Real Estate Investment Trusts (REITs) have often surpassed the performance of broad equity indexes during numerous periods marked by rising interest rates. The accompanying figure below demonstrates the relationship between the four-quarter change in the 10-year Treasury yield and the difference in four-quarter total returns between the FTSE Nareit All Equity REIT Index and the S&P 500. This data highlights that REITs outperformed the S&P 500 in more than half of the instances when Treasury yields increased from Q1 1992 to Q4 2022. This trend indicates that REITs can be a resilient investment option even in fluctuating interest rate environments.[1]

Fig. 4 – REIT vs S&P 500 Total Returns & Rate Changes[1]

 

Explaining the Relation

Determining why Real Estate Investment Trusts (REITs) have generally performed well in rising interest rate environments would require a much more detailed study. However, it is evident that rising interest rates are linked with factors that positively influence REIT fundamentals. For instance, rising interest rates often accompany economic growth and increased inflation, both of which can be beneficial for real estate investments. When the economy grows healthily, there is typically a higher demand for real estate, leading to higher occupancy rates. This, in turn, supports the growth of REIT earnings, cash flow, and dividends. Additionally, during periods of inflation, real estate owners usually have the capacity to raise rents. Historically, this has allowed REIT dividend growth to outpace the rate of inflation. As shown in the below figure, the income component of REIT returns has surpassed inflation, as measured by the Consumer Price Index (CPI), in 14 out of the past 15 years. This correlation between rising interest rates, economic growth, and inflation demonstrates why REITs have generally thrived in such environments.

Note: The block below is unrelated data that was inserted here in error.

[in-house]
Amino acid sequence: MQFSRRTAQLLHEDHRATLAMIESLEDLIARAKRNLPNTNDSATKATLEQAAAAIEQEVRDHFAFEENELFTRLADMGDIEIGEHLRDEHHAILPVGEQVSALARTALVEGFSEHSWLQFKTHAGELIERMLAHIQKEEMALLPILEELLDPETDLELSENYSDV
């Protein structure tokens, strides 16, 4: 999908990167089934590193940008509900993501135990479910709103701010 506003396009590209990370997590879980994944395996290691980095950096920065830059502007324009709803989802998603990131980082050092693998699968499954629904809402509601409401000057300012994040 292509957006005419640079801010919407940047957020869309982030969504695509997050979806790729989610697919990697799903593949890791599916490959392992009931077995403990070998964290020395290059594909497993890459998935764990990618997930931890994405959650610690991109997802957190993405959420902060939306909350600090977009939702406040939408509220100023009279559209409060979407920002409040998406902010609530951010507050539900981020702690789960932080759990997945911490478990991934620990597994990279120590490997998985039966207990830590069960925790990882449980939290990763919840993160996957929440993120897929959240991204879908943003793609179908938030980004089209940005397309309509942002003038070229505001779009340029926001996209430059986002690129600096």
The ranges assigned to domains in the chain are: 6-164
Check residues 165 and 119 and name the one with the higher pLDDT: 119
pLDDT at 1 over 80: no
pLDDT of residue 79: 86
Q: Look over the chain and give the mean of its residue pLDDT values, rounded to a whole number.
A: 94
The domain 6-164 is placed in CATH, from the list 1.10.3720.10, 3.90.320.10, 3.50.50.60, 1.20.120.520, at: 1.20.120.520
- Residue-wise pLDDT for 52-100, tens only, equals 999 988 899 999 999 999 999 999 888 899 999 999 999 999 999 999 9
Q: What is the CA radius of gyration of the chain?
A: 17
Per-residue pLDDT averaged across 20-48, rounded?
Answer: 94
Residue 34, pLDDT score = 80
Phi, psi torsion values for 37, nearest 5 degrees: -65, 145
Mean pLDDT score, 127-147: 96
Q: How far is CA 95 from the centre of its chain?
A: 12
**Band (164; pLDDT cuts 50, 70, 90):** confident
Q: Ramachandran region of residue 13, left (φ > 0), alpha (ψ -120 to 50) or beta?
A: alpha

Fig. 5 – REIT Income has outpaced inflation[2]

REITs as a Potential Inflation Buffer

Even as the Federal Reserve and other central banks raise rates to combat rising prices, we believe inflation is likely to remain higher than it was during the previous economic cycle. Listed real estate possesses distinct characteristics that can help cushion the impact of inflation. For instance, sectors with shorter lease durations, such as self-storage, can promptly adjust rents as conditions change. In scenarios of slow growth or even recession, longer inflation-linked rental contracts offer the potential for relatively strong and steady income growth.